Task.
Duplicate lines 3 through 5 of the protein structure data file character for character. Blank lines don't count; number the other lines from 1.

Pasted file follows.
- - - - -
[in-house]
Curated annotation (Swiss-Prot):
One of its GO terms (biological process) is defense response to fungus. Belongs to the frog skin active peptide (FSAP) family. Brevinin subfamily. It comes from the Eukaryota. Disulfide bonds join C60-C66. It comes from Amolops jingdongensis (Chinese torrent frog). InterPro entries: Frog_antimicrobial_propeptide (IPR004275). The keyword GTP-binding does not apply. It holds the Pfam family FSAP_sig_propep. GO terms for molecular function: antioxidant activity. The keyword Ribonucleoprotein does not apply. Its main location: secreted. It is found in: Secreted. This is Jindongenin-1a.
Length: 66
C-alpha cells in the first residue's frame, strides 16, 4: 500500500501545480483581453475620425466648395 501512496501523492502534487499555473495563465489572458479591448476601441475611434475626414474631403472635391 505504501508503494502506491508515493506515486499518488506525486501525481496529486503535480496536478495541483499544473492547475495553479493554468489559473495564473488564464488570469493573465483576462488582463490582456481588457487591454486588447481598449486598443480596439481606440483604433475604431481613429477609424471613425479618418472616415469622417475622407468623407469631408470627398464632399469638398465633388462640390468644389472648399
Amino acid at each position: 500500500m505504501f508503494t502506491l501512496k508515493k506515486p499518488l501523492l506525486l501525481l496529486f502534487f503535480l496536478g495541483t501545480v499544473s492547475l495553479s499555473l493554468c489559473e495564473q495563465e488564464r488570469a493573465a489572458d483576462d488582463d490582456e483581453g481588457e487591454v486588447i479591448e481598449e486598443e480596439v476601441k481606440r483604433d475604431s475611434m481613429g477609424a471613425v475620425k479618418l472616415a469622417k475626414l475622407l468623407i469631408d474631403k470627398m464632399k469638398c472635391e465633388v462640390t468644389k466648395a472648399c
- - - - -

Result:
One of its GO terms (biological process) is defense response to fungus. Belongs to the frog skin active peptide (FSAP) family. Brevinin subfamily. It comes from the Eukaryota. Disulfide bonds join C60-C66. It comes from Amolops jingdongensis (Chinese torrent frog). InterPro entries: Frog_antimicrobial_propeptide (IPR004275). The keyword GTP-binding does not apply. It holds the Pfam family FSAP_sig_propep. GO terms for molecular function: antioxidant activity. The keyword Ribonucleoprotein does not apply. Its main location: secreted. It is found in: Secreted. This is Jindongenin-1a.
Length: 66
C-alpha cells in the first residue's frame, strides 16, 4: 500500500501545480483581453475620425466648395 501512496501523492502534487499555473495563465489572458479591448476601441475611434475626414474631403472635391 505504501508503494502506491508515493506515486499518488506525486501525481496529486503535480496536478495541483499544473492547475495553479493554468489559473495564473488564464488570469493573465483576462488582463490582456481588457487591454486588447481598449486598443480596439481606440483604433475604431481613429477609424471613425479618418472616415469622417475622407468623407469631408470627398464632399469638398465633388462640390468644389472648399